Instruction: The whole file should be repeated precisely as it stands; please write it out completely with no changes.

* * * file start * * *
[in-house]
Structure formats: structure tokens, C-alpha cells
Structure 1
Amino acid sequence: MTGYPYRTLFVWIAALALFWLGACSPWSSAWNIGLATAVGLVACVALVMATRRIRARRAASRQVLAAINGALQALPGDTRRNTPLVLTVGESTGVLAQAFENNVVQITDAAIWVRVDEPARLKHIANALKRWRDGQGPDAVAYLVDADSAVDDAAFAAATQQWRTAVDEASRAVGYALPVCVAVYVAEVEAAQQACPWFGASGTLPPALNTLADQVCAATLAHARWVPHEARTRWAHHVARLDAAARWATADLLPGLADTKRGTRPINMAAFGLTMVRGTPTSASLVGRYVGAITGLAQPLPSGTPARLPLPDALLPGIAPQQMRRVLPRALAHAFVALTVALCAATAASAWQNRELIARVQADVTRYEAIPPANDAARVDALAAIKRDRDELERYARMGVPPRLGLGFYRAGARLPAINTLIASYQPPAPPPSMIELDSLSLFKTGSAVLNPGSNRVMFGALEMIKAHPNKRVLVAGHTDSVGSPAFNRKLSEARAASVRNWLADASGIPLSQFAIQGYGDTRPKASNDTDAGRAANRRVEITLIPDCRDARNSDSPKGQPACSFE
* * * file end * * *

[in-house]
Structure formats: structure tokens, C-alpha cells
Structure 1
Amino acid sequence: MTGYPYRTLFVWIAALALFWLGACSPWSSAWNIGLATAVGLVACVALVMATRRIRARRAASRQVLAAINGALQALPGDTRRNTPLVLTVGESTGVLAQAFENNVVQITDAAIWVRVDEPARLKHIANALKRWRDGQGPDAVAYLVDADSAVDDAAFAAATQQWRTAVDEASRAVGYALPVCVAVYVAEVEAAQQACPWFGASGTLPPALNTLADQVCAATLAHARWVPHEARTRWAHHVARLDAAARWATADLLPGLADTKRGTRPINMAAFGLTMVRGTPTSASLVGRYVGAITGLAQPLPSGTPARLPLPDALLPGIAPQQMRRVLPRALAHAFVALTVALCAATAASAWQNRELIARVQADVTRYEAIPPANDAARVDALAAIKRDRDELERYARMGVPPRLGLGFYRAGARLPAINTLIASYQPPAPPPSMIELDSLSLFKTGSAVLNPGSNRVMFGALEMIKAHPNKRVLVAGHTDSVGSPAFNRKLSEARAASVRNWLADASGIPLSQFAIQGYGDTRPKASNDTDAGRAANRRVEITLIPDCRDARNSDSPKGQPACSFE